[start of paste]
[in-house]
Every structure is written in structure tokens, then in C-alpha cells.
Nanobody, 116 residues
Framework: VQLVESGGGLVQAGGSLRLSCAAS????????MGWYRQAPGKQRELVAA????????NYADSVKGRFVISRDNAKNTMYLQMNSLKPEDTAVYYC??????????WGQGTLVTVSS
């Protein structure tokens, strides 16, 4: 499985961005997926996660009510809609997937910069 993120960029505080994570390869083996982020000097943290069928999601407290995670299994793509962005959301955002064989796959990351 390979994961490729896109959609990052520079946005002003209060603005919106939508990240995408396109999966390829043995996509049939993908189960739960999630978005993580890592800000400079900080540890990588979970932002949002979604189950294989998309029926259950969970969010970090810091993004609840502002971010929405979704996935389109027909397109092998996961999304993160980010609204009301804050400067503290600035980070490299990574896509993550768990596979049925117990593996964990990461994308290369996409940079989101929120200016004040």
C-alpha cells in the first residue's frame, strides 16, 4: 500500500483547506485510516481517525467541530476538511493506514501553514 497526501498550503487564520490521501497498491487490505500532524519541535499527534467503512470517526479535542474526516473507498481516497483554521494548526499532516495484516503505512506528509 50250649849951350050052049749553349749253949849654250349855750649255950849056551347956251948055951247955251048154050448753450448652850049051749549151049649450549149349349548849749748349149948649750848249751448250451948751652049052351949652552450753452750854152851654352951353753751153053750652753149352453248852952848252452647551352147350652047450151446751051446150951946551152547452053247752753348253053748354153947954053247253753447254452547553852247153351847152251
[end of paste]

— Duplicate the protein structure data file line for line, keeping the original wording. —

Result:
[in-house]
Every structure is written in structure tokens, then in C-alpha cells.
Nanobody, 116 residues
Framework: VQLVESGGGLVQAGGSLRLSCAAS????????MGWYRQAPGKQRELVAA????????NYADSVKGRFVISRDNAKNTMYLQMNSLKPEDTAVYYC??????????WGQGTLVTVSS
């Protein structure tokens, strides 16, 4: 499985961005997926996660009510809609997937910069 993120960029505080994570390869083996982020000097943290069928999601407290995670299994793509962005959301955002064989796959990351 390979994961490729896109959609990052520079946005002003209060603005919106939508990240995408396109999966390829043995996509049939993908189960739960999630978005993580890592800000400079900080540890990588979970932002949002979604189950294989998309029926259950969970969010970090810091993004609840502002971010929405979704996935389109027909397109092998996961999304993160980010609204009301804050400067503290600035980070490299990574896509993550768990596979049925117990593996964990990461994308290369996409940079989101929120200016004040």
C-alpha cells in the first residue's frame, strides 16, 4: 500500500483547506485510516481517525467541530476538511493506514501553514 497526501498550503487564520490521501497498491487490505500532524519541535499527534467503512470517526479535542474526516473507498481516497483554521494548526499532516495484516503505512506528509 50250649849951350050052049749553349749253949849654250349855750649255950849056551347956251948055951247955251048154050448753450448652850049051749549151049649450549149349349548849749748349149948649750848249751448250451948751652049052351949652552450753452750854152851654352951353753751153053750652753149352453248852952848252452647551352147350652047450151446751051446150951946551152547452053247752753348253053748354153947954053247253753447254452547553852247153351847152251